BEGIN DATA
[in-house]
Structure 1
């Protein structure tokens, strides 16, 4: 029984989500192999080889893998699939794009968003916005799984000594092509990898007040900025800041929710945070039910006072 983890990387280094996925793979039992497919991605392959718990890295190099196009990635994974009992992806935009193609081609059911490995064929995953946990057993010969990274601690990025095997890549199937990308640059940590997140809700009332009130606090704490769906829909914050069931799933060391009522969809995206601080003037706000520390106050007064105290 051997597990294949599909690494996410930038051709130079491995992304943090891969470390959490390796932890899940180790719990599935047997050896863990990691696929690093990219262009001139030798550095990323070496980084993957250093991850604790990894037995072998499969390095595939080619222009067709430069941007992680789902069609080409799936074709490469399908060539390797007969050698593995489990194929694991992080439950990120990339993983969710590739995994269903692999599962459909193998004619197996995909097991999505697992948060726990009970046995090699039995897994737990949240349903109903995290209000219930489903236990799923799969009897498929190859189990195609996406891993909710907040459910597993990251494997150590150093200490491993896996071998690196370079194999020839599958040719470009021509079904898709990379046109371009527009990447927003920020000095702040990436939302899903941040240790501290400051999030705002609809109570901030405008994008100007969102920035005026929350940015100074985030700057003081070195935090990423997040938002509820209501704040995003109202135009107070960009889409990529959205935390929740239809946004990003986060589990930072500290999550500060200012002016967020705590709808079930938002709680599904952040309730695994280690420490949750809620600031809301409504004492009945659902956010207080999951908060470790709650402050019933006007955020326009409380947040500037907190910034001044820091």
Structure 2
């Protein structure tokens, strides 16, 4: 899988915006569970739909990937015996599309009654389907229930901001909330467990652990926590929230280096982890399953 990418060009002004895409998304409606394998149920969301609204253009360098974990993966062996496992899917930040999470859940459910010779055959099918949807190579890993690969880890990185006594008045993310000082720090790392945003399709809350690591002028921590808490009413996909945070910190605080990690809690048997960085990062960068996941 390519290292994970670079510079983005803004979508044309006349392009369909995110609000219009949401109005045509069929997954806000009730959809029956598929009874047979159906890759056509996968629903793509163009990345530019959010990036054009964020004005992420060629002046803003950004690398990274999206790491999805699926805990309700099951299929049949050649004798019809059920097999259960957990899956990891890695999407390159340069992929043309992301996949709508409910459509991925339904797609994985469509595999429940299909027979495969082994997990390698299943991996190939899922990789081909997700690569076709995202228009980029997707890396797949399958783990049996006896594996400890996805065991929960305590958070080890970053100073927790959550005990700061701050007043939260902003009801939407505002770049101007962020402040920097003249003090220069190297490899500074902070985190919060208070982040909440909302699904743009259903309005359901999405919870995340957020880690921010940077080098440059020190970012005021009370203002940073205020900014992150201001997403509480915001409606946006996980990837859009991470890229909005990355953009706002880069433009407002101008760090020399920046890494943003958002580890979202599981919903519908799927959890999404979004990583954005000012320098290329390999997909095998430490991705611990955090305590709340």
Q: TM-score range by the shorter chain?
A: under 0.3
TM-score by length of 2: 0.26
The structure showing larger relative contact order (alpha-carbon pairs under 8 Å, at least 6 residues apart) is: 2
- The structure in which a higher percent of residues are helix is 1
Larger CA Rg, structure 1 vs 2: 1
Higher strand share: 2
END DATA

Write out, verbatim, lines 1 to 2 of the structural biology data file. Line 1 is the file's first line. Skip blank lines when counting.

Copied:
[in-house]
Structure 1